We also have to ensure that administrative hurdles don’t restrict public assistance from flowing to those in our community who need it most. At a time when so many are facing prolonged unemployment and an unpromising job market, our neighbors need all the help we can provide.

Day 5 of the Food Stamp Challenge: How Obesity is Connected to Poverty

Wednesday, November 2nd, 2011

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This is the third in a series of posts about Catholic Charities’ participation in a nationwide initiative known as the “Food Stamp Challenge. Those taking part in the challenge must live for a week on a food budget of $31.50 total — the average allotment for an individual on Food Stamps.

By Richard Bertin

November 2, 2011 — Five days into the Food Stamp Challenge and I feel like a beaten man.

- I’m much more tired than usual.
- My mind keeps wandering off.
- I’m grumpier.
- Also, I can’t stand the sight of another peanut butter sandwich.

It only took a few days of painfully bland but carefully rationed canned soup dinners to (1) realize that I was depriving myself of energy and (2) understand why obesity is more prevalent among the poorer American population.

Yesterday, after my banana-and-yogurt breakfast, I went to the gym – and approximately 20 minutes into my workout, I flat out ran out of gas.

I was getting used to subduing my hunger, but there was no trick to get around the fact that my body was not ingesting enough calories to sustain myself. With barely $2 left for “emergency” food, I darted into the nearest Burger King.

Over the past few days, my caloric intake was barely getting past 1000. And yes, that is partly my fault for not properly strategizing my grocery list. Looking at the calorie counts on the menu board, it was easy to find single items with two times the calories I was now used to ingesting. I dove into a whopper and fries and threw up my white flag for the day.

Then I looked around, and saw a number of families with children also feasting on their meals. I saw a number of elderly folks as well.  The place was packed and it wasn’t even noon. This can’t be right, I thought.

When you are hungry, the last thing on your mind is nutrition. And when you are poor, fast food is a cheap remedy for an empty stomach. It’s largely by design that so many fast food chains are in poor urban areas.  I know how bad fast food is nutritionally, but when I was hungry, with little more than spare change in my pocket, there was no way I could pass up a whopper.

Even when I’m not living on $31/week, I am exhausted after getting home late from a work and school, plus an hour and half train and bus ride. The last thing I have energy for is cooking a nutritious meal.

So what about the more physical lives of poorer people? Many work more than one job. Many are on their feet longer than the typical office lackey, and many have to carve time out of the day to attend to children.  Fast food is an easy solution for hectic lives.

But relying on fast food can quickly lead to an overconsumption of calories.  Add that to the poor nutritional value of fast food, and it’s not hard to see why obesity is a common mark of a poor urban area.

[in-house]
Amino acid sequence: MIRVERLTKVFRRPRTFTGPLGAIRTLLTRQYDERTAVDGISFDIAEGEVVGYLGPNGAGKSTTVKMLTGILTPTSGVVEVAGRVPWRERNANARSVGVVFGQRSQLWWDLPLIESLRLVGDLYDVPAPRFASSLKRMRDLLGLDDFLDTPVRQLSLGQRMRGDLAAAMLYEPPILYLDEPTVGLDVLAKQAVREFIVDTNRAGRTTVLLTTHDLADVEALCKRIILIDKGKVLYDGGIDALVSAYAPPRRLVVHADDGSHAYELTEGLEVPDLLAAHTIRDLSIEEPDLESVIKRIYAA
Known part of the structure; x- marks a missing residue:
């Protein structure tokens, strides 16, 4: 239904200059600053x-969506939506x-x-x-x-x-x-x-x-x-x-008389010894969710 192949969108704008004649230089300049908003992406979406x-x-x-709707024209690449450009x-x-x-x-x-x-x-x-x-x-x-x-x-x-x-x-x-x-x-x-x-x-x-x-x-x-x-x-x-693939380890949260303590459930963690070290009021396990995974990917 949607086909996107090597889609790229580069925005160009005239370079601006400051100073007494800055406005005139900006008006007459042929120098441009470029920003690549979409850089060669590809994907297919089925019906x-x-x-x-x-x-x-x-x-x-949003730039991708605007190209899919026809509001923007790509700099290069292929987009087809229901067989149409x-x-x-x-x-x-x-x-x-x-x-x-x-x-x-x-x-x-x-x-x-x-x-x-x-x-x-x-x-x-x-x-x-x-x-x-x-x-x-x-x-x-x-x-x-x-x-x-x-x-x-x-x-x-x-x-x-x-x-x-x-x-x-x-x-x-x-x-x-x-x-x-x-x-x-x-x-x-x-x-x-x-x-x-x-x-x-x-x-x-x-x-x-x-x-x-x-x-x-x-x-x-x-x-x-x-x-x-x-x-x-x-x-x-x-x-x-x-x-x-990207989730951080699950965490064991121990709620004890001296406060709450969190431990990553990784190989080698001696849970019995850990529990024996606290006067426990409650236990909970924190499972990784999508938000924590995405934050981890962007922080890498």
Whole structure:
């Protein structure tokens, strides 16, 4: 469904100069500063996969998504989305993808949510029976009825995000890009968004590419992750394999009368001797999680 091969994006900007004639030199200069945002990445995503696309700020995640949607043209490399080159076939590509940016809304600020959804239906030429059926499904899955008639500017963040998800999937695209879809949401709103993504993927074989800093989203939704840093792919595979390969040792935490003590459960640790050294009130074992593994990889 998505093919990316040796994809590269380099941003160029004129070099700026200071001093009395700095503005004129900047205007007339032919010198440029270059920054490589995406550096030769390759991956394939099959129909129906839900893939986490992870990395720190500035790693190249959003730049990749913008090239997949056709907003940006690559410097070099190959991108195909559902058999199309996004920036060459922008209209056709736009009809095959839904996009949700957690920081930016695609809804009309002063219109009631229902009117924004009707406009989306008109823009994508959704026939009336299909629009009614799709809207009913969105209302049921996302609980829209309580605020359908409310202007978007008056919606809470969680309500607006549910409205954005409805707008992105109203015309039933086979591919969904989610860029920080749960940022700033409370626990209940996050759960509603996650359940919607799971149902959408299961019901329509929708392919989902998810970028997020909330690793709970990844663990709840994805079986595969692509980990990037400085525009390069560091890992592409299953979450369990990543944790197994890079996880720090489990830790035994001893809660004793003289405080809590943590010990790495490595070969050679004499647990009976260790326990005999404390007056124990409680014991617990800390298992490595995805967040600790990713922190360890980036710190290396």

So don’t be so quick to point to the obesity epidemic as evidence that hunger is not a serious problem in America. Because hunger and obesity are both components of a larger issue: poverty.

Why I’m Living on a Food Stamp Budget

Friday, October 28th, 2011

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This is the third in a series of posts about Catholic Charities’ participation in a nationwide initiative known as the “Food Stamp Challenge.Those taking part in the challenge must live for a week on a food budget of $31.50 total — the average allotment for an individual on Food Stamps.

By Richard Bertin

I’m taking the Food Stamp Challenge. And I think you should too. That’s right — for the next week, I will be subsisting on the food budget of someone on the Supplemental Nutritional Assistant Program (SNAP), more commonly known as “Food Stamps.” We are so used to hearing about starving populations in underdeveloped countries that we can be fooled into thinking that this doesn’t happen in our own backyard. Well it does. Nearly 50 million American families are food-insecure.

I hope that by taking this “Food Stamp Challenge,” I’ll be able to gain an emotional and physical perspective on our nation’s hunger crisis. It’s easy to talk about stats and figures, but it’s another thing to actually experience what poverty means, and feels like.

I don’t know if I’ll be able to make it, but when I first moved out of my parents house I was used to relying on dollar menus and ramen noodles to get me through the week, so I feel that I’m prepared.

If you’ve been following the challenge, you know the rules. I have $31.50 to spend on food for the entire week – the average weekly allotment for an individual on food stamps. That means no more office coffee and donuts for me, no other free food – including those chocolates my boss gives out every now and then – and definitely no restaurants.

Participants can use coupons to shop, but can’t eat any items already in the fridge or pantry as part of the food supply for a total of 7 days.

My Shopping List